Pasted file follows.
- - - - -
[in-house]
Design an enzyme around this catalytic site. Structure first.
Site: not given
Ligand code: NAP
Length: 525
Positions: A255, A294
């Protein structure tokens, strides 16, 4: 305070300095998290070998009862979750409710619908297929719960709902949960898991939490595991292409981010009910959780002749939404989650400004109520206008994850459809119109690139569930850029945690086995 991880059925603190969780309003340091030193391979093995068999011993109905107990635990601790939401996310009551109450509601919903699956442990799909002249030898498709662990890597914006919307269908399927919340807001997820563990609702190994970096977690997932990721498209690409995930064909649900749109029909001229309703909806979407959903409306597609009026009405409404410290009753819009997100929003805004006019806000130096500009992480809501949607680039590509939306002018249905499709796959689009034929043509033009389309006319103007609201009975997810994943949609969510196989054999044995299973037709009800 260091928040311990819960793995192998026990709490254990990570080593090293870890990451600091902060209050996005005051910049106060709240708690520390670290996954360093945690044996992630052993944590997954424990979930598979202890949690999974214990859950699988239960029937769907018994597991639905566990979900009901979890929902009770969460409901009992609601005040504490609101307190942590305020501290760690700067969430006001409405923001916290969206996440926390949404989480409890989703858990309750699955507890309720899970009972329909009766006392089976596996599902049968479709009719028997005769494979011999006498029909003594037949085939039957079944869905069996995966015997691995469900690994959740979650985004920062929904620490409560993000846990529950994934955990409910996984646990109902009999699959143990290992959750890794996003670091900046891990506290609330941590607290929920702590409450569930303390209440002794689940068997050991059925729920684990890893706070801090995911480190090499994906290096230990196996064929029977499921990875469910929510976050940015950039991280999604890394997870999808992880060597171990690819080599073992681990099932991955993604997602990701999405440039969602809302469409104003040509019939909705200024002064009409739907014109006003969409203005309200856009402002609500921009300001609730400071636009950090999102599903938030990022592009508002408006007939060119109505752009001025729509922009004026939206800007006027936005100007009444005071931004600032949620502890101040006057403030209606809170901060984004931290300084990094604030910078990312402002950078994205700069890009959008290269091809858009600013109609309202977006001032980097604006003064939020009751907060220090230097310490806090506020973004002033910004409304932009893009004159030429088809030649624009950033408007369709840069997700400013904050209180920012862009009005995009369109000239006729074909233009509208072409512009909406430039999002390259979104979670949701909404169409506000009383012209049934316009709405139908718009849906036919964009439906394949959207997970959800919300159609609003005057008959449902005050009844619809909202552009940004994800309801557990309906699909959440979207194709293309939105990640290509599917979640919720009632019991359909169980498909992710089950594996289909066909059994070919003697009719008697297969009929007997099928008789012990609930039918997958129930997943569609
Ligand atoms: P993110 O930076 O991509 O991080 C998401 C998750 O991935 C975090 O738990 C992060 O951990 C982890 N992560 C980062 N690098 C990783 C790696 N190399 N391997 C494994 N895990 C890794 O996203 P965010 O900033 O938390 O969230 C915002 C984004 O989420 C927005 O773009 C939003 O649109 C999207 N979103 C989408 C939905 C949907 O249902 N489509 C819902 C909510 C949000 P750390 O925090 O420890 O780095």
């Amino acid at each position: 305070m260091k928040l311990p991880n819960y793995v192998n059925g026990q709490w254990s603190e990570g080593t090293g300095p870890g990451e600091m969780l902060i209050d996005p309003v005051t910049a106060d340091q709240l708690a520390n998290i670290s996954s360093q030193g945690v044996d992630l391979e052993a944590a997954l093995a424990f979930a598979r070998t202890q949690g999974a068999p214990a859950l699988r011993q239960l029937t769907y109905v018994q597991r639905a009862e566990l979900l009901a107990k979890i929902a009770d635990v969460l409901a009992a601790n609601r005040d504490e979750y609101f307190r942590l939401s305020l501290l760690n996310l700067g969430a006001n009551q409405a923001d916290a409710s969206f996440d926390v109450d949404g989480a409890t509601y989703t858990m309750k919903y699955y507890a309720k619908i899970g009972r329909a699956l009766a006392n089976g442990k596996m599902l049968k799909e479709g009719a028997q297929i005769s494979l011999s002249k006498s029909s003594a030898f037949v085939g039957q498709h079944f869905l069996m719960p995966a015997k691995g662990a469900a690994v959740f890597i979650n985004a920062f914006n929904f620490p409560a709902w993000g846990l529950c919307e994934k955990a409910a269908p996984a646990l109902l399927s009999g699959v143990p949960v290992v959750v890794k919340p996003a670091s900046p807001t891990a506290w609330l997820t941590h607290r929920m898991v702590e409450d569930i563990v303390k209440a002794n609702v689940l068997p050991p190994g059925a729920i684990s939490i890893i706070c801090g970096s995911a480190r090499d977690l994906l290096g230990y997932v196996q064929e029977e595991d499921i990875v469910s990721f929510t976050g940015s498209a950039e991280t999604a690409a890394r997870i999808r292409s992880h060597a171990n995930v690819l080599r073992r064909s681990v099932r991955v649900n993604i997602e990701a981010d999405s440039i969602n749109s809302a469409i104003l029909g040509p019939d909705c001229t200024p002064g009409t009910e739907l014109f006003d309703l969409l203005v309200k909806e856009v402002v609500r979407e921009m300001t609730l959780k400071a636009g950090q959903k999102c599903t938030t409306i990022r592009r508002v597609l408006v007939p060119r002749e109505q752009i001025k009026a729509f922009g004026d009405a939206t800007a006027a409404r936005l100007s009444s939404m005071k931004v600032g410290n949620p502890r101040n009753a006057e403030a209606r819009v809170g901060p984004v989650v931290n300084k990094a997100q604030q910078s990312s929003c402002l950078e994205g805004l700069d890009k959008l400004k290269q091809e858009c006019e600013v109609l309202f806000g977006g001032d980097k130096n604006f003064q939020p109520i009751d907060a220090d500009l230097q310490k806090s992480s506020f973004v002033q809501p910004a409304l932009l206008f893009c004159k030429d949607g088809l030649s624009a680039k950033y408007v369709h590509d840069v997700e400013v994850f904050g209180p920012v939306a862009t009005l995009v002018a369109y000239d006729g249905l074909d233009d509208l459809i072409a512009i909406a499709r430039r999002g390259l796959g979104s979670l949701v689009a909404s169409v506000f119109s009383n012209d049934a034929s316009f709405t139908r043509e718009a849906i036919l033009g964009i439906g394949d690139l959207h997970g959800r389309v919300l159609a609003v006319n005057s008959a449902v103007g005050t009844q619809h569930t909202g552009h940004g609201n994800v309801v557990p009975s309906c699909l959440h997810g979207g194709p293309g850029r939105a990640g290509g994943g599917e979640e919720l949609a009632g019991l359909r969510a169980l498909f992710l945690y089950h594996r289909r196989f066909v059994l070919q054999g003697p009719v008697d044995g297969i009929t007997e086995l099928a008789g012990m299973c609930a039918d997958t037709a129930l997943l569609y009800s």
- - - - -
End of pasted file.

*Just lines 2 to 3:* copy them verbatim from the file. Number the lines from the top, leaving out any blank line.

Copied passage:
Design an enzyme around this catalytic site. Structure first.
Site: not given